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Tuesday, 27 November, 2007

Back in the Spring of 1959 another fellow named Stan Baker was tooling around Downtown Louisville, Kentucky during rush hour in a 1957 Chevrolet Nomad, the top of the line for that year. This car wasn’t his own, but “borrowed” from his employer a car importer, used car and Lincoln-Mercury dealer in a prominent location. (Specifically, Monarch Lincoln-Mercury-Peugeot on Broadway in Louisville if you want to know.) Some versions of the story say he did this often, although the purpose of this curious mission may have been deliberately obscured.

He later purchased this very car. Later still, he became fixated upon the model eventually collecting every variant of the 1957 Chevy sold. An ambitious project considering he had no place to properly store them. He later got into some finance-company-debt trouble and was compelled to sell the cars when his wife became pregnant.

His best friend through high school, and into middle age, was engaged to a nice girl with a job and everything. The nice girl was employed by Belknap Hardware, and in the tradition of the times, was hoping to make nice with some executive of the company. Nonetheless, she actually fell for Stan’s best friend, a worker on the lines of the General Electric clothes-washer factory. He was ambitious and attending the local university, eventually graduating with a Masters in Electrical Engineering. In those times, such ambition was rewarded and he eventually joined the management of the plant, and was personally involved in the evolution of the clothes washer and dishwasher.

One Spring day, the nice girl was waiting, along with a work friend, at the corner of Sixth Street and Liberty Street, waiting for the bus which eventually goes down Preston Street. Unfortunately, Stan was on the prowl. Seeing a familiar face, Stan stopped offering a friendly ride. For reasons not completely known, the nice girl declined an offer of a ride. The work friend, however, practically jumped into the nice car with the brown-eyed, handsome man.

It would seem, nearly fifty years later that Stan had a fetish-like attraction to scrawny red heads, and that there is a genetic component to this.

This is all well and good by contemporary standards, were it not for the fact that Stan was married at the time. They wound up at the Dizzy Whizz, a drive-in restaurant of local consequence, and something happened along the way.

Shirley, Stan’s first wife, applied for divorce in early 1960 and as the year changed he was married to the elfin redhead to whom he fed the mediocrity of Dizzy Whizz somewhat earlier. I can almost sympathize with his desire to be not alone. In the tradition of out people he traveled to Jeffersonville, Indiana mere minutes away for the marriage ceremony.

The short version is: While the still-little redhead’s father lay dyeing of cancer, she came to the realization she was pregnant. For reasons I won’t begin to fathom she came to the realization that she was her father’s favorite of four daughters and that the child to be born would be his resurrection.

She never quite recovered from the experience of pregnancy and child birth.

That said, Stan’s best friend and the woman who became his wife, never quite let go of the responsibility they felt toward the marriage they didn’t really destroy (and the recently-born progeny) and the new child born to irresponsible parents who would be left to the vagaries of such parents, and fate.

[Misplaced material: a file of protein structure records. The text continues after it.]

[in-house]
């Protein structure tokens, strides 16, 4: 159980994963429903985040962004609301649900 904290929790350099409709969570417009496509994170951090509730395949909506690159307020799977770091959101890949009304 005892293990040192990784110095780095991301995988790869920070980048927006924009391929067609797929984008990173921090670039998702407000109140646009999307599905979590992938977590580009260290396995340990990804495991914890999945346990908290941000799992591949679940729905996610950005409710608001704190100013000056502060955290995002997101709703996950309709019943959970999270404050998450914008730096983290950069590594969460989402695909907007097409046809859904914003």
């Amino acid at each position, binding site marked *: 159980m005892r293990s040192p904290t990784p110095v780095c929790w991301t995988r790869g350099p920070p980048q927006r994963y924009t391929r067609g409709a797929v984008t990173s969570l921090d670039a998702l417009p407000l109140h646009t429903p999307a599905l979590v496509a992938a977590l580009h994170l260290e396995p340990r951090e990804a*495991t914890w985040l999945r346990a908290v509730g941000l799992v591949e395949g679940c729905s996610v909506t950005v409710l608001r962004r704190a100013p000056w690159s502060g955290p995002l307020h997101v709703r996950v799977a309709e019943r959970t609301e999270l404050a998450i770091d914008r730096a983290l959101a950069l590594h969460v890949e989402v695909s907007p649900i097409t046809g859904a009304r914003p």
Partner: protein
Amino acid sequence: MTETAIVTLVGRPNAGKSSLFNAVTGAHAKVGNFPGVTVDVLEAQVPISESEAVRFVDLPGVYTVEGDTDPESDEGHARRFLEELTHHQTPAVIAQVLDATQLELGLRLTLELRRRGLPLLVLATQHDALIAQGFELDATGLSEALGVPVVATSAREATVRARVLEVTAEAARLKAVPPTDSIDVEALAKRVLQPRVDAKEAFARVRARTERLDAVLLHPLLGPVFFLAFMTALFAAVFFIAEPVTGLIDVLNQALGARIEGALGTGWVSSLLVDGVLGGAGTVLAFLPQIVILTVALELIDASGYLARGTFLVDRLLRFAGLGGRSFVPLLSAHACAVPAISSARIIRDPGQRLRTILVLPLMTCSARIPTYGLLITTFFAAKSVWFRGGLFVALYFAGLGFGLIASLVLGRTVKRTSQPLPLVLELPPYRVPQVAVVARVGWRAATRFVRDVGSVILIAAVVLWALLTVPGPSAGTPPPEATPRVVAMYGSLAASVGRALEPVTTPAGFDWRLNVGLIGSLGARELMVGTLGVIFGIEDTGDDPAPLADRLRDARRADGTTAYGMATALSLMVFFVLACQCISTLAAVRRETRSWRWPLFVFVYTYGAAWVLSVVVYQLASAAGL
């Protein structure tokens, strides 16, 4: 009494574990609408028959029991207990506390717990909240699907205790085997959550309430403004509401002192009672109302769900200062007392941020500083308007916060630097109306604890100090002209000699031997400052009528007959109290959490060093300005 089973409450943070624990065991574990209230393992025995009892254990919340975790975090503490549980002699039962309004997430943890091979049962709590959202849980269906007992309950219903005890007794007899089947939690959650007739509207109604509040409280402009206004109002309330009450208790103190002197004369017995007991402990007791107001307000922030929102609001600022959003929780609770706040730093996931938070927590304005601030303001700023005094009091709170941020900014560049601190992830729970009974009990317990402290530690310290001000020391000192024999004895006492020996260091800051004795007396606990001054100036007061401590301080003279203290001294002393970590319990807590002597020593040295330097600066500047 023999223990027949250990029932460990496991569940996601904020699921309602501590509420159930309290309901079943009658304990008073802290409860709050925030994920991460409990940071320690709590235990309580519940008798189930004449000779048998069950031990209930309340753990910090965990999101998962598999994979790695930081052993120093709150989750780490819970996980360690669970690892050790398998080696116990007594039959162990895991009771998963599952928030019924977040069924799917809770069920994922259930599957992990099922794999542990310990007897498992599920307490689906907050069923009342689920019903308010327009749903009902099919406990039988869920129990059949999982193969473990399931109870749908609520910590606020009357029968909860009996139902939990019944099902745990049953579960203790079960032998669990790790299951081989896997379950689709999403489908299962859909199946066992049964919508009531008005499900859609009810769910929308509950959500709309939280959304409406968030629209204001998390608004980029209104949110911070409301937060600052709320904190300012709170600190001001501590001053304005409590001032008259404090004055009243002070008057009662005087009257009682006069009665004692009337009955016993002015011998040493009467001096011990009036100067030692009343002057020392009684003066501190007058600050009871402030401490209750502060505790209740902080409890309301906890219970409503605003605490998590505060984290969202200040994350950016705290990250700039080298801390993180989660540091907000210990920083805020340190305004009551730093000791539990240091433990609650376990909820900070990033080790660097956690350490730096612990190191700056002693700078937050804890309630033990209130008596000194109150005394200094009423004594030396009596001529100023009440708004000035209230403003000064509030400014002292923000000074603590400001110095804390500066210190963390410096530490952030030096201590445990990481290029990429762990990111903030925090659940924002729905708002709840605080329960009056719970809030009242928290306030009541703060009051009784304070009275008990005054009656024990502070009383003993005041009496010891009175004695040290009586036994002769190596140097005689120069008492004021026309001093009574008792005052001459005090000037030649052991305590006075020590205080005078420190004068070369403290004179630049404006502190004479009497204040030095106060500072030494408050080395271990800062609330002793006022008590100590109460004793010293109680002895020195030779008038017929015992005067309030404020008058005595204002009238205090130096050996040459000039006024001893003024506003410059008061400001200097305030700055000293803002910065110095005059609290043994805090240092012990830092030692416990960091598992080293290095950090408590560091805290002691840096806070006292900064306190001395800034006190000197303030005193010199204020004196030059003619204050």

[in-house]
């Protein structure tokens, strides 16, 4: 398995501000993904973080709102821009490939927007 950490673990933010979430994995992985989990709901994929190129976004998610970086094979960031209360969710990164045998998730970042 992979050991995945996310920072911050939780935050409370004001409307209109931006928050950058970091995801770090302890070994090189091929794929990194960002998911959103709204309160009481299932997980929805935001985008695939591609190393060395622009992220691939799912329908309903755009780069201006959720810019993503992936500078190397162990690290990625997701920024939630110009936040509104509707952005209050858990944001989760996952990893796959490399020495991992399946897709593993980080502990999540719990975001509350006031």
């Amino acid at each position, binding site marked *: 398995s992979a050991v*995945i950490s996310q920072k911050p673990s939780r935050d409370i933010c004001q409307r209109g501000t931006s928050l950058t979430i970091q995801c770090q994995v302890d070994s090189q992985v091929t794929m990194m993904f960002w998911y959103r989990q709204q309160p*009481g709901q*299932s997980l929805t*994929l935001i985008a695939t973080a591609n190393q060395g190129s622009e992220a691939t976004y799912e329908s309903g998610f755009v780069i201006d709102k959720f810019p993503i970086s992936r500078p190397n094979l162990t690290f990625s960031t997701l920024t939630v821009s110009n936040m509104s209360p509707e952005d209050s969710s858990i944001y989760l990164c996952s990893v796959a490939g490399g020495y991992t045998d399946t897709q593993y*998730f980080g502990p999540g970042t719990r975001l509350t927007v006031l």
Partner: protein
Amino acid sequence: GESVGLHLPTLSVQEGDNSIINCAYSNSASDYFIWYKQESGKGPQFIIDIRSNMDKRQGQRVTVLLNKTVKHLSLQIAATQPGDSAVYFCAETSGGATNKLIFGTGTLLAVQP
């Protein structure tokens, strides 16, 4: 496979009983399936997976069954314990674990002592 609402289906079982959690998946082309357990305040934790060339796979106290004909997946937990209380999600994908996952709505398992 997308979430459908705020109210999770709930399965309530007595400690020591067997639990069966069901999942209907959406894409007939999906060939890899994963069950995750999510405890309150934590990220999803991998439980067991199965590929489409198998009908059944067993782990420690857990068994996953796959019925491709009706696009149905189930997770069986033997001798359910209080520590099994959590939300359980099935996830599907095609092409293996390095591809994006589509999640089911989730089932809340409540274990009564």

Fearful of the world outside the chaotic home in which he was raised, the child. also called Stan Baker, was determined to conquer it. That was a noble, but largely futile gig. In an effort to avoid the random foolishness of his upbringing, and generally socially inept due to that same experience, he finds himself forty years old in a world not of his making in which he sees himself as a consistent victim unless …

One strives not to participate at all.

Frankly, the non-participation part is almost easy given the cultural vacuum in which he finds himself.

The time has come, but as the failures of his previous lives come haunting, the question remains: time for what exactly. They say life begins at forty and I hope to know what that means. Even I have something to depend upon should the worst happen. I think.

However, I find myself in the interesting position of losing my grip upon reality. This isn’t poetry or something like it. I must create a world in which my kind can live without undue interference. Then I can wait to die in relative comfort.

It is the same thing I’ve been fighting since I was fifteen, except now I don’t have the excuse of youthful indiscretion or inexperience. All I can do is sit here and wait to die.

As long as I can pay the rent, that is all the world expects of me.

A peculiar form of relief comes when you know your are exempt from the possibility of happiness, joy or love. Really it is so much trouble that I can’t be bothered, and shall not bother anyone else.

A witch of my acquaintance told me I would die at sixty-three and would only marry late in life. So far, she was right. More details abound, but I do not wish to tempt fate. This is why I am ignoring this journal. I am no longer interested in even my own vain interests.

and I seldom get comments anyway. Believe me when I tell you that I know it is not because of my allegedly towering intellect.


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